Of Pie Charts and Social Justice

We all have heard the wisecrack, “Figures don’t lie, but liars can figure.” It may be a wisecrack, but the quip makes a solid point. Not that everyone who comes up with charts and data to argue a political point of view is a liar, of course.

But it is fair to observe that committed activists for a cause tend to focus on the facts and figures that demonstrate their thesis, that they do their research by hunting for information that will corroborate the “truth” as they see it.

How else to explain the phenomenon of advocates for one side or the other in the debate over issues such as welfare reform, affirmative action, free trade, and immigration appearing on the talk shows and reciting studies by “experts in the field” that come to diametrically opposed conclusions? These people aren’t deliberately misrepresenting the facts or ignoring information that clashes with their thesis. They are presenting the “facts” as they see them.

I am convinced, for example, that Lou Dobbs is not seeking to deceive us on his nightly talk show on CNN when he makes the argument that American jobs and our industrial base are being sacrificed by corporate interests looking for cheap labor. But neither are free-traders such as Larry Kudlow and Steve Forbes when they argue that American prosperity is advancing by leaps and bounds because of the dynamics of unrestricted free markets. They believe what they say. It is just that these opinion-makers are drawn to studies that back their convictions, and react skeptically to those that question them. They experience their “Aha!” moments in the former case. That is when they get the facts and figures that they jot down on their index cards.

This is what makes it difficult for Catholics committed to social justice to decide on a course of action in the political arena. It is unwise, and unfair to those who disagree with us politically, to link the social encyclicals to the first pie chart that we see. It is never that simple. Who, for example, should we look at when we make up our minds about what is right and just — the dock workers and Toyota assembly-line workers earning middle-class salaries because of free trade, or the unemployed North Carolina textile workers who have lost their jobs because of overseas competition? Do welfare programs do more harm than good? Are affirmative actions programs a form of reverse racism that harm whites far more than they assist deserving minorities?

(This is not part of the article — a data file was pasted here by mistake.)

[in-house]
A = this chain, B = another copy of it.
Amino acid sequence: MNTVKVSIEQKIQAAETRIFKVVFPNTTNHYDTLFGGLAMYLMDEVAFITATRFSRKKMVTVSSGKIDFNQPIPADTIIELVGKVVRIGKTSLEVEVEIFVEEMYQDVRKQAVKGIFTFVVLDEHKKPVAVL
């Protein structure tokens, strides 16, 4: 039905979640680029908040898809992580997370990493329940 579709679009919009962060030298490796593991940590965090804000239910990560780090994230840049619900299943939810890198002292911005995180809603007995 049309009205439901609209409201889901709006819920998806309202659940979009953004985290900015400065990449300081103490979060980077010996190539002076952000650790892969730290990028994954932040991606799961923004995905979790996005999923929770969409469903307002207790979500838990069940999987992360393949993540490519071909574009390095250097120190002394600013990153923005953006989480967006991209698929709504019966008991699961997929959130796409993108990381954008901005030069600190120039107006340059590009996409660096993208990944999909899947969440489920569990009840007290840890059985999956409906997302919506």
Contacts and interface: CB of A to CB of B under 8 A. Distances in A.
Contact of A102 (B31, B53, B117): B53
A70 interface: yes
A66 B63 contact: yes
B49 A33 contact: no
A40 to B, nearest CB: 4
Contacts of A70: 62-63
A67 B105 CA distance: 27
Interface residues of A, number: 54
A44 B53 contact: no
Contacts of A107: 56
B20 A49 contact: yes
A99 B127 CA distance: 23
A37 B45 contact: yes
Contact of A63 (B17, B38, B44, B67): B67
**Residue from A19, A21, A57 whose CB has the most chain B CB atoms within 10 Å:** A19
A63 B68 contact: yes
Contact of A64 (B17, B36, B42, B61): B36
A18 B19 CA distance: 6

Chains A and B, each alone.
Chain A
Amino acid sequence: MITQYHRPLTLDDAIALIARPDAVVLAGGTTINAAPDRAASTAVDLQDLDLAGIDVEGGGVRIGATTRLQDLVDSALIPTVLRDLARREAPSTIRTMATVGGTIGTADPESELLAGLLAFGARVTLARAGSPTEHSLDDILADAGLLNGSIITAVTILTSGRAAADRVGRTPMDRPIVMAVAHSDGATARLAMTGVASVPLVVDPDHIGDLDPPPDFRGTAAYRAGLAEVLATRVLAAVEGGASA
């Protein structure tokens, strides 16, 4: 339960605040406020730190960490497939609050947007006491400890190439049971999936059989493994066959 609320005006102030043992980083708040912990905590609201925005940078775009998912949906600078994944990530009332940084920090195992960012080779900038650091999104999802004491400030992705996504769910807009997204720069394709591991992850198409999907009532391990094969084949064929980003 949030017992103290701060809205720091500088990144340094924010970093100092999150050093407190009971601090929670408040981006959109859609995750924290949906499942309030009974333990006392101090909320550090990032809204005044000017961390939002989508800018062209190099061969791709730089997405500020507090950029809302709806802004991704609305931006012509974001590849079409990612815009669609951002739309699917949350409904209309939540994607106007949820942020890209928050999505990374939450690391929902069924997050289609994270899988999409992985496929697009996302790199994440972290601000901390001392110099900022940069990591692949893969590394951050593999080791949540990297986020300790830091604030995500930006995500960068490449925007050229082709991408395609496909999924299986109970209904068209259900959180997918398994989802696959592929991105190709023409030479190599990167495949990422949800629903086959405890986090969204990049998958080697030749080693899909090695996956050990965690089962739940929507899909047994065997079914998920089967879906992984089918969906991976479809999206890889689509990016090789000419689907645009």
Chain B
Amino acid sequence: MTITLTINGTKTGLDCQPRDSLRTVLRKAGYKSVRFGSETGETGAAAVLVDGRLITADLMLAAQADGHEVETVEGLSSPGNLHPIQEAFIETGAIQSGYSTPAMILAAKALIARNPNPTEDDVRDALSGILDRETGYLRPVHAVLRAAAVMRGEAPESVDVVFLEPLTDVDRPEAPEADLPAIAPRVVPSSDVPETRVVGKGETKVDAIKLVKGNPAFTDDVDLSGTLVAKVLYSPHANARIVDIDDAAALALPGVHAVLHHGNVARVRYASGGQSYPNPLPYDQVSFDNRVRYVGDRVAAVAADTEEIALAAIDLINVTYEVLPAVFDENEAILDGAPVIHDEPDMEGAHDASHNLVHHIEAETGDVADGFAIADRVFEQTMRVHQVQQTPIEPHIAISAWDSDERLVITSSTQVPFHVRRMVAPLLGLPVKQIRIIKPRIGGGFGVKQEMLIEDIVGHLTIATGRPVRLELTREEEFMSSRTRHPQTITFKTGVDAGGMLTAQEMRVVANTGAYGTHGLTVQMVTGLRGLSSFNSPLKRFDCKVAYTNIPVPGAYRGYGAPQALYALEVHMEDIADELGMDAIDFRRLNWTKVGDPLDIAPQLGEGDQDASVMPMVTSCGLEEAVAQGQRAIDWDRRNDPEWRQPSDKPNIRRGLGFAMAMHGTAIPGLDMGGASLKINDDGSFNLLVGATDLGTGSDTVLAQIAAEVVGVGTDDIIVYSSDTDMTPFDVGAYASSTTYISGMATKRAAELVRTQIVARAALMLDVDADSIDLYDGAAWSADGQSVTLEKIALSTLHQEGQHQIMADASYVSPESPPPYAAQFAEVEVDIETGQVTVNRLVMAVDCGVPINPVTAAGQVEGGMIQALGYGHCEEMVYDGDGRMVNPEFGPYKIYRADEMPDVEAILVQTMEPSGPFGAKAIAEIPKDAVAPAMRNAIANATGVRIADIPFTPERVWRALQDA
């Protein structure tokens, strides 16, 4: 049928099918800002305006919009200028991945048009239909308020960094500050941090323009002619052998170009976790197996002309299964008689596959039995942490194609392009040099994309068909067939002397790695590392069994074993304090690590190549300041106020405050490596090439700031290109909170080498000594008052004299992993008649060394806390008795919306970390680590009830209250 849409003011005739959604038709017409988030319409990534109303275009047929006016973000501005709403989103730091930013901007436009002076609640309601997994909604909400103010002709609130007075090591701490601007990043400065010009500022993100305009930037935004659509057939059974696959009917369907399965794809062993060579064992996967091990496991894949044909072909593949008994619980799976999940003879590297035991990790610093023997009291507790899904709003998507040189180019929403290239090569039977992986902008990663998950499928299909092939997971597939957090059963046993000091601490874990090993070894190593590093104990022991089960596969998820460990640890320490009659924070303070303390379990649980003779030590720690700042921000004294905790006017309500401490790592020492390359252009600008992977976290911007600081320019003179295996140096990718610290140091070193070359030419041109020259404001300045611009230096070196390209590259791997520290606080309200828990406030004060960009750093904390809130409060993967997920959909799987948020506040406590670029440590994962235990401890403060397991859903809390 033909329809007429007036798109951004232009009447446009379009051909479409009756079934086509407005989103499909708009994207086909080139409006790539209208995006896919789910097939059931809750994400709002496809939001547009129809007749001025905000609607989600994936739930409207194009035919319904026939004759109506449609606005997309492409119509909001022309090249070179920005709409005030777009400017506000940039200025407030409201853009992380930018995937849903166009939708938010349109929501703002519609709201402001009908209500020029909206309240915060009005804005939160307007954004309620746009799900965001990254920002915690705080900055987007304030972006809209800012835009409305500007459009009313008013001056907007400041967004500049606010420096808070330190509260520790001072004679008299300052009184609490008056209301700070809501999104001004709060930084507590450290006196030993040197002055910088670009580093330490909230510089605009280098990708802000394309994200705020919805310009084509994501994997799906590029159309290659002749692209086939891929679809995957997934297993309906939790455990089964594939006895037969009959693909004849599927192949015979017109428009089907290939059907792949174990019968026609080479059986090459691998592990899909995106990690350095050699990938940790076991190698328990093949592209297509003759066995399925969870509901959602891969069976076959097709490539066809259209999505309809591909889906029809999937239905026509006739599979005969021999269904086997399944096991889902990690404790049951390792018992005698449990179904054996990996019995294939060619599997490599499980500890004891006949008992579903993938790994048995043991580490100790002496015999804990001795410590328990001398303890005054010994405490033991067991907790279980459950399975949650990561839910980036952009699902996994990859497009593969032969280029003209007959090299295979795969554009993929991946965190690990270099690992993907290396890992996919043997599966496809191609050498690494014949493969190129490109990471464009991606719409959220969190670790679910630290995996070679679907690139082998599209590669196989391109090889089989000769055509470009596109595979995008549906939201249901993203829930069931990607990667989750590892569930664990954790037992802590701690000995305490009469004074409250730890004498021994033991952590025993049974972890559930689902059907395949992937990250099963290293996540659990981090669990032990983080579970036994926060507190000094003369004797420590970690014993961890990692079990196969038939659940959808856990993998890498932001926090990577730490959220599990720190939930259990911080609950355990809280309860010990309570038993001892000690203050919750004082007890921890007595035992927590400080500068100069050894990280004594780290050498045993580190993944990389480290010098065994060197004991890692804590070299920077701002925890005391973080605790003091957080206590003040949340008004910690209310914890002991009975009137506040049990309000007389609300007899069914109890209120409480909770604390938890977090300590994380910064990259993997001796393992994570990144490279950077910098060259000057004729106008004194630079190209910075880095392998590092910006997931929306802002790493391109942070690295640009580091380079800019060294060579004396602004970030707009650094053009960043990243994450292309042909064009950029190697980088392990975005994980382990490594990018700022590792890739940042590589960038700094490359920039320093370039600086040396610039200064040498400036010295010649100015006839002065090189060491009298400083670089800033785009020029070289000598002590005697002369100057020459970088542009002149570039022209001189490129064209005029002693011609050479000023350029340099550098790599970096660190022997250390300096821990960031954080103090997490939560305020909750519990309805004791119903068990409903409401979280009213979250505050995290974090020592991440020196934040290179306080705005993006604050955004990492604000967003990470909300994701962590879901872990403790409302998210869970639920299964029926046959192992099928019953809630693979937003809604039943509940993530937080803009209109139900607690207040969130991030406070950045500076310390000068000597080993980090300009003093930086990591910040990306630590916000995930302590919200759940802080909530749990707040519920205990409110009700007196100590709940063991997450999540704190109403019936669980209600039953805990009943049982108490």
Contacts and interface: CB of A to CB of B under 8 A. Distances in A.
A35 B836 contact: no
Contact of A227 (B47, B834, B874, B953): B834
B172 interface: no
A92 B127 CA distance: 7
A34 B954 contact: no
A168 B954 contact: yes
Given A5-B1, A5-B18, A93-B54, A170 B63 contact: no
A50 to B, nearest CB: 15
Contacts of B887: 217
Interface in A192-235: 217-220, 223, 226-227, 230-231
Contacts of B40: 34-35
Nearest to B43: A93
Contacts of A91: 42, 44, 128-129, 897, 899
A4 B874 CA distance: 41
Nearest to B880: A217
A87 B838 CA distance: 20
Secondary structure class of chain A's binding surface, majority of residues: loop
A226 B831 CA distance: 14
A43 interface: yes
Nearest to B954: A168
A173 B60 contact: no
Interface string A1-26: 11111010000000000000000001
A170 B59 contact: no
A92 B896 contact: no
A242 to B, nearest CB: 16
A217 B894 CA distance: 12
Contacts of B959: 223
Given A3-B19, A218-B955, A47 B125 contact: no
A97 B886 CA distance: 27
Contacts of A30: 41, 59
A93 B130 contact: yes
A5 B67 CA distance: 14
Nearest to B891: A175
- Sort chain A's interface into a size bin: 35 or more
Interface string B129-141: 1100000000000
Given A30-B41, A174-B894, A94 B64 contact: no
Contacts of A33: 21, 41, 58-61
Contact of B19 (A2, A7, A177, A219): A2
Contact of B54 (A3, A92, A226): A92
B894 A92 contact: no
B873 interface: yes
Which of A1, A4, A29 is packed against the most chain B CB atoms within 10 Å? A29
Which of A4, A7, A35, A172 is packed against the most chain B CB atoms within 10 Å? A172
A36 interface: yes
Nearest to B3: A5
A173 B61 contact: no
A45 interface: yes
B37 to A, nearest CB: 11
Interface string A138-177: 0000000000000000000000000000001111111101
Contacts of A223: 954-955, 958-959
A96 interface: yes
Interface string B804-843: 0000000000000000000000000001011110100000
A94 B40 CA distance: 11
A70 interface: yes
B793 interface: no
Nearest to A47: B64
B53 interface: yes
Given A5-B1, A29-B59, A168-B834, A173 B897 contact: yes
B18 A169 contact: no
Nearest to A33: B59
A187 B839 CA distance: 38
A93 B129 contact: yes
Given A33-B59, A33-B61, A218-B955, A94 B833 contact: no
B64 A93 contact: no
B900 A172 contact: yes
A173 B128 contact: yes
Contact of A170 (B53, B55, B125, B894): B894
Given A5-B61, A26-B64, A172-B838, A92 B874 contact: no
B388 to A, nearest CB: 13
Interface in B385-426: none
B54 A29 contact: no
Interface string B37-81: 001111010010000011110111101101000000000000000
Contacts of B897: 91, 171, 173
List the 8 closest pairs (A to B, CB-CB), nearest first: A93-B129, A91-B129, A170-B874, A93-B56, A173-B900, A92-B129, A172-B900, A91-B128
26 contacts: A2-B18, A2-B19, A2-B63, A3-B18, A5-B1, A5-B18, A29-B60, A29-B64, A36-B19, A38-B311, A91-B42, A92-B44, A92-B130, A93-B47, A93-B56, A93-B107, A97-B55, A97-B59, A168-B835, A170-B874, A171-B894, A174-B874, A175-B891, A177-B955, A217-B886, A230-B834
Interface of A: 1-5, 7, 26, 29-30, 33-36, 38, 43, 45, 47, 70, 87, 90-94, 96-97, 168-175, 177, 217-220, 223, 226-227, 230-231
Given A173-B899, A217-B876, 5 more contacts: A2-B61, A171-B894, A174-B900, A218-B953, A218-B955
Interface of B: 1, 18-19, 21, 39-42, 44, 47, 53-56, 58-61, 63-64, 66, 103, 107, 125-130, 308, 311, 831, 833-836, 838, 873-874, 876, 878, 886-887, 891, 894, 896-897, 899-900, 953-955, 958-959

There are no studies that can close the case on any of these debates. Thomas Sowell has done a series of columns in recent weeks that illustrate why. He argues convincingly that when a politician or a journalist quotes a “study” or an “expert,” the odds are that we are being manipulated more than enlightened by the data they provide us.

Here are a few examples of what Sowell means. He took a look at a study that caused what he describes as a “great flurry in the liberal media” a few years back. You will probably remember it. It was the one that purported to demonstrate that “black pregnant women received prenatal care less often than white pregnant women,” resulting in higher infant mortality rates among blacks. Editorials in the New York Times and Washington Post, says Sowell, blamed the “government for not providing greater access to prenatal care” for poor minority women. It was treated as another example of the Bush administration’s preoccupation with tax cuts favoring the rich at the expense of the poor. You can picture a young Catholic leftist pointing to the findings of this study as an example of where the federal government should play a role in advancing the Church’s commitment to the least of our brethren.